Team Building with Metaphors
Anyone who has ever taught someone else . . . well. . . anything, has probably quickly learned that using metaphors speeds up cognition and enlivens the discussion.
A while back, I learned something by conducting an experiment of sorts. I didn't have an expected outcome or even a hypothesis. I merely wanted to see what would happen in a group setting. I assumed it would be positive but wasn't entirely sure. OK, not really an experiment at all. I took a chance.
While metaphors are great for teaching one-on-one, what I learned was that, in a group, this method takes on a complexity and even a life of its own with benefits going well beyond teaching the topic at hand.
Here’s what happened: I was sharing some metaphors that I use when coaching teams, and something unexpected happened. The discussion exploded into an idea session--a really positive one.
I had intended to simply do a presentation, lecture-style, on a couple of the metaphors that I use when coaching teams, but, prior to the talk, I realized that one metaphor might not resonate--mainly because it was pretty obscure. I decided that, instead of describing it ad nauseam, when the time came, I would try to pull them into the creation. There’s always a risk in relying on your room. What if the audience isn’t “tracking” with your topic? What if they’re bored? What if they don’t feel safe in a room full of strangers?
I was illustrating the concept of near-range and long-range release planning using the metaphor of a harbor and a harbor master. Simple enough, except that, just as I had guessed, no one in the room had ever heard of a harbor master. The potential for a rough evening was looming larger. Fortunately, I had illustrated the concept with a fake harbor and a whole bunch of model ships and docks to which they were trying to unload--crude drawings using bad graphics. Turns out that’s all they really needed.
Hands shot up all over the room. People threw out ideas to extend the metaphor--not just once but multiple times. There were no wrong answers. (Sure people say that all the time, but there really were no answers that were more right than any others). But with this metaphor in this room, there were no wrong answers because the metaphors appealed to each person in the room uniquely. Some had extended the metaphor to be about the harbor master. Others saw the metaphor to be a great model to think through delivery and DevOps. Others even saw the harbor itself as a metaphor for customer access to product.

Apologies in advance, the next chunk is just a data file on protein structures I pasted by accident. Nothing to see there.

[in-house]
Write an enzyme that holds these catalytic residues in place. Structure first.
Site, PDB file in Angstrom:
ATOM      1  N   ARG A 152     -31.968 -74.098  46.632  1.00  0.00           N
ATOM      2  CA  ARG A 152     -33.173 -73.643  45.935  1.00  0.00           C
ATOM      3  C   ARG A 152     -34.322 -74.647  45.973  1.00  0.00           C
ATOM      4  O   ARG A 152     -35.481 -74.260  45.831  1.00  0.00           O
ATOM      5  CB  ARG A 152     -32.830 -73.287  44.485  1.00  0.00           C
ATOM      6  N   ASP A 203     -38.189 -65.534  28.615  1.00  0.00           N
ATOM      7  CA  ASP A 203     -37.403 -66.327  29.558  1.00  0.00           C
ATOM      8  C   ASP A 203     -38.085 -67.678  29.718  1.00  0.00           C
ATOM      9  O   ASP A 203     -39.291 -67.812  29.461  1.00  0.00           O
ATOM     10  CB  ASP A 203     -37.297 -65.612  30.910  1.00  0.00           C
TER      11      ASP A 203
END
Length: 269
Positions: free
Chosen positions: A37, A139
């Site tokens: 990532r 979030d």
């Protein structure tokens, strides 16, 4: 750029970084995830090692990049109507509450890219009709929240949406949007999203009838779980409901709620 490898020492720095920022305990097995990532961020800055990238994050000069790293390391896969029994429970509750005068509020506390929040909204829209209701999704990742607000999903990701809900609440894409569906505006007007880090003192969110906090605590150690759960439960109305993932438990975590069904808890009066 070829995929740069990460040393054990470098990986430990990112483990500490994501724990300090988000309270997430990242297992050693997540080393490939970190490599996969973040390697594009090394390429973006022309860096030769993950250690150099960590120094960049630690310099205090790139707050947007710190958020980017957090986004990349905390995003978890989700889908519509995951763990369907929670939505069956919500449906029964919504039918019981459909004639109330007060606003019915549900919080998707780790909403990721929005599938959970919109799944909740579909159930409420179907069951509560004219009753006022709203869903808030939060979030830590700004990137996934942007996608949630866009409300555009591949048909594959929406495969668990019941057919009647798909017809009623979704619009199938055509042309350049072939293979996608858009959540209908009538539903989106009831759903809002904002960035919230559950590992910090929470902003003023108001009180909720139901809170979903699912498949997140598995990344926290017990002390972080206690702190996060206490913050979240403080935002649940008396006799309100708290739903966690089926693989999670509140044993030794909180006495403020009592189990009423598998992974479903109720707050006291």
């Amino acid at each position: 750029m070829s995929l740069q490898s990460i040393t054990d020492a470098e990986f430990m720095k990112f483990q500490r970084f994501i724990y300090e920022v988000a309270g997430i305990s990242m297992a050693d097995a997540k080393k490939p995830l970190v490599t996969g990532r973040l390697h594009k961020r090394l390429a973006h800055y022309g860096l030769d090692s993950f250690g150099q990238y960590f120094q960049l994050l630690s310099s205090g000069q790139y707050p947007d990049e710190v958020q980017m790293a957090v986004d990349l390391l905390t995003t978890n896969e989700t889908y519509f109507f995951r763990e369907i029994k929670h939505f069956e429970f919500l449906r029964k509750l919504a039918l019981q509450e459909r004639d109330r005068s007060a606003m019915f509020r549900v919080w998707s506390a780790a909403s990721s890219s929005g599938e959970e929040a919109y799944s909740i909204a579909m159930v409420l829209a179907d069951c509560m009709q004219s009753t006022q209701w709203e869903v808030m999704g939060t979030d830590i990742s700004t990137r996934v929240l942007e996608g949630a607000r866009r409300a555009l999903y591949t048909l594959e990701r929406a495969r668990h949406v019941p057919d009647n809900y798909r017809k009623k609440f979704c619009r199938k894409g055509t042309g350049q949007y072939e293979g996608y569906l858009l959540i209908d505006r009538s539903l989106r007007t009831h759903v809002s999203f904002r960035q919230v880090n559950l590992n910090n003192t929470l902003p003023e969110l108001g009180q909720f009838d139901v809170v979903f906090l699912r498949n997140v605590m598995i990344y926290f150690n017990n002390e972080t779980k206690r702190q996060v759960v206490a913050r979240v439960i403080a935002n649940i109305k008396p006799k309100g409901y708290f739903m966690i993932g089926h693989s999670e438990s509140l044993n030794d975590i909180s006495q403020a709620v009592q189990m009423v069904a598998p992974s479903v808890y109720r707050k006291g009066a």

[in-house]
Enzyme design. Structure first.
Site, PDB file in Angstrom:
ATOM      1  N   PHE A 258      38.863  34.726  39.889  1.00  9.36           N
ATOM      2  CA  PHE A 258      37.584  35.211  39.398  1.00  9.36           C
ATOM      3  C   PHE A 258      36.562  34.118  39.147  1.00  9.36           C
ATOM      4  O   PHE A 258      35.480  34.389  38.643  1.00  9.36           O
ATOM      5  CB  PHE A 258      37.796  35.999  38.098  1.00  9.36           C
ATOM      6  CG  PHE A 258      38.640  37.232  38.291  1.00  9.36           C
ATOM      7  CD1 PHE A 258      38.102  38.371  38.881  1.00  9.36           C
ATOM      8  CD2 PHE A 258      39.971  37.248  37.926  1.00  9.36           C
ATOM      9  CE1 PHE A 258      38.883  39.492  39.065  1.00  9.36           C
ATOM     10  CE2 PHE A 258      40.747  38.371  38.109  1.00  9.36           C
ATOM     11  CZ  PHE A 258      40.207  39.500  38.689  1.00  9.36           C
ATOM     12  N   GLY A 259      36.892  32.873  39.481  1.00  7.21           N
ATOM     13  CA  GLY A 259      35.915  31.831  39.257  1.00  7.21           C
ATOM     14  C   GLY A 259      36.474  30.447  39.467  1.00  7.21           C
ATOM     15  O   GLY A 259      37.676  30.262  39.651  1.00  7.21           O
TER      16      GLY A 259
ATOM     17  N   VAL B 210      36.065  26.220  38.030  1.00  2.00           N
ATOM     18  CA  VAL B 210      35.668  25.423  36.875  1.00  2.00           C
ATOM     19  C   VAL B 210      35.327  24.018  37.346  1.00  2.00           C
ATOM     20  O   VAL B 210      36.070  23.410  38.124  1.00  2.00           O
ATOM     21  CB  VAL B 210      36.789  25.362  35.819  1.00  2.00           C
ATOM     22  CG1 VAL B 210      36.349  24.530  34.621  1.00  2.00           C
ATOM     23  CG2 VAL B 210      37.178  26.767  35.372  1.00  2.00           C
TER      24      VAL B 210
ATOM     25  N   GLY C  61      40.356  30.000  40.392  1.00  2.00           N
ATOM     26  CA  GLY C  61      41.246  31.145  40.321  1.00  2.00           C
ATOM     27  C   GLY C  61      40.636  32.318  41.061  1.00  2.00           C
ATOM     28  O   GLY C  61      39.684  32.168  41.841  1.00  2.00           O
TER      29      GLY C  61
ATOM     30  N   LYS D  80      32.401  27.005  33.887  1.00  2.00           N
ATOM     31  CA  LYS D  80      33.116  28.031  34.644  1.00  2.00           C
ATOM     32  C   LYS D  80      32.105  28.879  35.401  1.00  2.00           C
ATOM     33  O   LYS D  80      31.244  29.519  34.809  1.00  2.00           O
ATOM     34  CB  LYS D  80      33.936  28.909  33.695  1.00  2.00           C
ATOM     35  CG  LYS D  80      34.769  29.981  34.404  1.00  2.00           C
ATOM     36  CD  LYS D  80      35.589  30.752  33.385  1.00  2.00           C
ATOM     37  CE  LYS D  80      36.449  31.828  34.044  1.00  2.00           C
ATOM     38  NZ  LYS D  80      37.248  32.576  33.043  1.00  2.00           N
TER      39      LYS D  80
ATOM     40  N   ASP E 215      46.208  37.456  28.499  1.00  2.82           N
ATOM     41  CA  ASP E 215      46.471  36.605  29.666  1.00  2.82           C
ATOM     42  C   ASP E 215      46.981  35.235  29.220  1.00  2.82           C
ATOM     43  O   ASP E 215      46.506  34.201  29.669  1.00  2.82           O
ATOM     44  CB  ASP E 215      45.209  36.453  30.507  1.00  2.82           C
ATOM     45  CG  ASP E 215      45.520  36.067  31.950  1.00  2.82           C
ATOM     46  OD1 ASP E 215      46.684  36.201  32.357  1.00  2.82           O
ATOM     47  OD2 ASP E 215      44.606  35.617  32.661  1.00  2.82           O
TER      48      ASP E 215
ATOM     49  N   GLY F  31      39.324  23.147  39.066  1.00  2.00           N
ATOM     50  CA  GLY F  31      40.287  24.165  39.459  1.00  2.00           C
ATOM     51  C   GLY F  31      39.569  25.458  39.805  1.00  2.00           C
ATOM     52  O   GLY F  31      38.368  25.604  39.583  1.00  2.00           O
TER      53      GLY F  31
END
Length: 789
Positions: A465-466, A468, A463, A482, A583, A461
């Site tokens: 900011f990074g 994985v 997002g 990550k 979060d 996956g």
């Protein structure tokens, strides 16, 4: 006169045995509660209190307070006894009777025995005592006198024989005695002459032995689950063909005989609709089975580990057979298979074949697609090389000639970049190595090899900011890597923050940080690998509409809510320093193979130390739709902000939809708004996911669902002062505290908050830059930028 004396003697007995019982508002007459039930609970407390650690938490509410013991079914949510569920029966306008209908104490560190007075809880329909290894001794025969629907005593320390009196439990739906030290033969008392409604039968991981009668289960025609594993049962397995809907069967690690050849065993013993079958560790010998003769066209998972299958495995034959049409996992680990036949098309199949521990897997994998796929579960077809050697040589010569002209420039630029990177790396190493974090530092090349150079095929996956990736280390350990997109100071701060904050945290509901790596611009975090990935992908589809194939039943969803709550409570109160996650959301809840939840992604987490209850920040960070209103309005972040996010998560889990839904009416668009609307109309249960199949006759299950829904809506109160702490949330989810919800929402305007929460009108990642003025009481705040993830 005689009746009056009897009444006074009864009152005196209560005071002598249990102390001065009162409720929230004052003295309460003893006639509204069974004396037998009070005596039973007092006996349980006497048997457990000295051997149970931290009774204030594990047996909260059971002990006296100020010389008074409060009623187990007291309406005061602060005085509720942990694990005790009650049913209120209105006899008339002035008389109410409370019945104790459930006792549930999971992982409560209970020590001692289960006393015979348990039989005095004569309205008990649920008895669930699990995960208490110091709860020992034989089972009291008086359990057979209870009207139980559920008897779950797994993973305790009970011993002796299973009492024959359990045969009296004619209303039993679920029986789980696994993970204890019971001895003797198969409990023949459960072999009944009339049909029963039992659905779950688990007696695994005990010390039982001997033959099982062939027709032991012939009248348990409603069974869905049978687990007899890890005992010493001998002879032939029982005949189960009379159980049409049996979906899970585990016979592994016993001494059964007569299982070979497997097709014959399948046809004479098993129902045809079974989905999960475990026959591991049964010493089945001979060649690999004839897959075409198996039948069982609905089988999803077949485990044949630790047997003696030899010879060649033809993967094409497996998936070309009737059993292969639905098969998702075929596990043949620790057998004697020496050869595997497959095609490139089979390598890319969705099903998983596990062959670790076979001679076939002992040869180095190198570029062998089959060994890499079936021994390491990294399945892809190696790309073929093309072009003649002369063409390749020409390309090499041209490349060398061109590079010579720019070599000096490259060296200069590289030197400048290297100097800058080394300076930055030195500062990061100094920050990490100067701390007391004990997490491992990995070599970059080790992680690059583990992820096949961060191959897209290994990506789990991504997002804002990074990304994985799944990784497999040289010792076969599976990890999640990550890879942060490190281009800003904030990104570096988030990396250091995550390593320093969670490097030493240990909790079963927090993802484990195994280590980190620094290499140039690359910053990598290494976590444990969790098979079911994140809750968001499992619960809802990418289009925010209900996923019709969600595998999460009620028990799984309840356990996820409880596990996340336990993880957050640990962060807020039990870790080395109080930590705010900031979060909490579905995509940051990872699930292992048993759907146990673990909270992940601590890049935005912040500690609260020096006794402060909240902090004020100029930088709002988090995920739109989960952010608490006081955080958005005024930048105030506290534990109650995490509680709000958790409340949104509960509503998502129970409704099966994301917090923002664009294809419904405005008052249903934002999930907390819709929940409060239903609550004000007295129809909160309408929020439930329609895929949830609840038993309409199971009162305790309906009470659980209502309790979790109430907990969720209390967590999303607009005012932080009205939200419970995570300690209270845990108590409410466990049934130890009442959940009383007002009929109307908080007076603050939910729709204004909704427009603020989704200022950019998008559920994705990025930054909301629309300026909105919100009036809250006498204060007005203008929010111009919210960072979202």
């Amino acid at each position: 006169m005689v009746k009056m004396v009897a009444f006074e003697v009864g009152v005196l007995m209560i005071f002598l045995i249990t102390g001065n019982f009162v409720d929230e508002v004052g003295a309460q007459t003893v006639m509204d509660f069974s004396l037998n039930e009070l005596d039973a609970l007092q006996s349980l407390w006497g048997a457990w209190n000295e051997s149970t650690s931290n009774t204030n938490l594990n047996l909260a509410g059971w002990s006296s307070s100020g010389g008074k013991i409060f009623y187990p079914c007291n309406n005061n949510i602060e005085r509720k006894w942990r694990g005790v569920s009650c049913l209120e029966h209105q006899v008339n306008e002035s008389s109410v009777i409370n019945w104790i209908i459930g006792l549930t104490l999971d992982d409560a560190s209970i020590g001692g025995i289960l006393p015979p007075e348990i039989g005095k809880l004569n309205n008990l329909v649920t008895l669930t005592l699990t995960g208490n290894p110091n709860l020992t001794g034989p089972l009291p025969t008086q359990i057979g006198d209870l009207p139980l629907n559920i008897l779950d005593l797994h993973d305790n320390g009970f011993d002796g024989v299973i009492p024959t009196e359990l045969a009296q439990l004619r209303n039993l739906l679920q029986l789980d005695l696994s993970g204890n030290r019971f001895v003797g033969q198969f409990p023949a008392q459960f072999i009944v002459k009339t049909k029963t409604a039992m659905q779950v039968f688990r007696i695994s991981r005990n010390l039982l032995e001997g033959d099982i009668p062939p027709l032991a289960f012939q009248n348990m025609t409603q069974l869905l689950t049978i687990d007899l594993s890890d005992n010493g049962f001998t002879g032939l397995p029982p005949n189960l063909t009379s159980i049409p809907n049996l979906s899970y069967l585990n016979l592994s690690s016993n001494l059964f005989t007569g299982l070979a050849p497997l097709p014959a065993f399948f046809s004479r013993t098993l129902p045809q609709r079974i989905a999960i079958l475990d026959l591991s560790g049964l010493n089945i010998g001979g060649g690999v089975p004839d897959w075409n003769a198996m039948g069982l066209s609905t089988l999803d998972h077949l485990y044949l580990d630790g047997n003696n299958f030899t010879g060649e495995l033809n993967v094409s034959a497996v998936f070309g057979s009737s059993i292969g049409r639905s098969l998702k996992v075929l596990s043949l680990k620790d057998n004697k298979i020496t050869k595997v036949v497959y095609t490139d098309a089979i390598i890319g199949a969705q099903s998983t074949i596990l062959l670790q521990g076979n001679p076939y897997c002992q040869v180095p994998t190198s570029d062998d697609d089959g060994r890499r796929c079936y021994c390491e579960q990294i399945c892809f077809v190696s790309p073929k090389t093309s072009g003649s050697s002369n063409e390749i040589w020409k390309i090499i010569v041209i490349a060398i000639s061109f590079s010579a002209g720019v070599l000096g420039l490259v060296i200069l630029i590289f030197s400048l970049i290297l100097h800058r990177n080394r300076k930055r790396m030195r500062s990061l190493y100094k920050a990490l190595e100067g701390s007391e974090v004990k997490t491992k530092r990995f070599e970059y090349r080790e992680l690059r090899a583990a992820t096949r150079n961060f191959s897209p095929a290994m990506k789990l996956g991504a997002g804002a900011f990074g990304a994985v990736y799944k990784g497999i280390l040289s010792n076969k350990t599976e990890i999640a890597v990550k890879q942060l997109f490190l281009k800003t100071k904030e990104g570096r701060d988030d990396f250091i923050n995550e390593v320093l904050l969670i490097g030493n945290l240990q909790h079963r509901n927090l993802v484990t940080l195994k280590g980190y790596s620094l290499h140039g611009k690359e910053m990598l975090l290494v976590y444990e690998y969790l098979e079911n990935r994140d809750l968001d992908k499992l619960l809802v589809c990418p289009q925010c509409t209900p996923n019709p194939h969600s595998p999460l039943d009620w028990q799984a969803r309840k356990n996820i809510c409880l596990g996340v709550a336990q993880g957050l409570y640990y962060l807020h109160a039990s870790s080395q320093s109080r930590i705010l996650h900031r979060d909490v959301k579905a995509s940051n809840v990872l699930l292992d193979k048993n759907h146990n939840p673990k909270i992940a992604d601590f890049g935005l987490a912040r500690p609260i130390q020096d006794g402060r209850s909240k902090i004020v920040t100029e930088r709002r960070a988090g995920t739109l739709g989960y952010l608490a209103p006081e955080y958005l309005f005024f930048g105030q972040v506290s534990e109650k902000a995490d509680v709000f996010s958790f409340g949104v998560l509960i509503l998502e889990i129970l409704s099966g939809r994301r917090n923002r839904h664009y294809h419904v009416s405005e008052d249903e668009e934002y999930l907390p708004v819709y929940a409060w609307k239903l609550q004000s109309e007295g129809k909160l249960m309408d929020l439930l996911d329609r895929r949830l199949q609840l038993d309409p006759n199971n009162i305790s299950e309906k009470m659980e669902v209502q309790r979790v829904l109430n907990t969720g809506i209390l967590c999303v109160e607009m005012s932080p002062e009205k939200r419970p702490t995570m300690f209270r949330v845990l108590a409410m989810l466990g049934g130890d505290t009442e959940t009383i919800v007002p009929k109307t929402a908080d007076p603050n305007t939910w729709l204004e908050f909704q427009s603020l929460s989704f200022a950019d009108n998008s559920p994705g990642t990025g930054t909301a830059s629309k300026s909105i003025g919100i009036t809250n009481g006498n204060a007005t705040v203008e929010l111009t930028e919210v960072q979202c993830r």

But here’s the really cool part. No one felt compelled to tell anyone they were wrong. In fact, as each new idea came up, participants would jump in and encourage that new outgrowth. Some even jumped from one branch of the extended metaphor to another without missing a beat. Some sat quietly, squinting, imagining in their own heads or gathering new ideas as voices shouted out. It was a chain reaction that suited each person’s style. Most importantly, it created a safe and nurturing space to think through solutions.
Was it just this group of people and this metaphor? I don’t believe so. I have since used this same method with smaller groups and with teams in various formats--from workshops to team build sessions. I nudge the team towards finding a metaphor for what they are working through, and the very act of creation has brought those teams closer together.
How can you apply this experience? If you have a new team, give them a framework for a metaphor and let them build on it. If you have a project facing multiple conflicting solutions, create a metaphor for it, and ask the participants to extend it. The more that participants are allowed to explore in the world of metaphor, the more they will allow themselves to look at the problem from multiple disciplines, tearing it down to build something new using all of their disparate backgrounds. (That concept, by the way, can be explored in much greater detail in John Boyd’s paper on OODA loops, “Destruction and Creation”)
The goal for you as a servant leader should be this: create an environment in which team members can explore and take imaginative risks. Working in extended metaphors allows people to distance themselves from the problem at hand, thereby, working through potential solutions--or even a clearer definition of the problem--objectively and productively.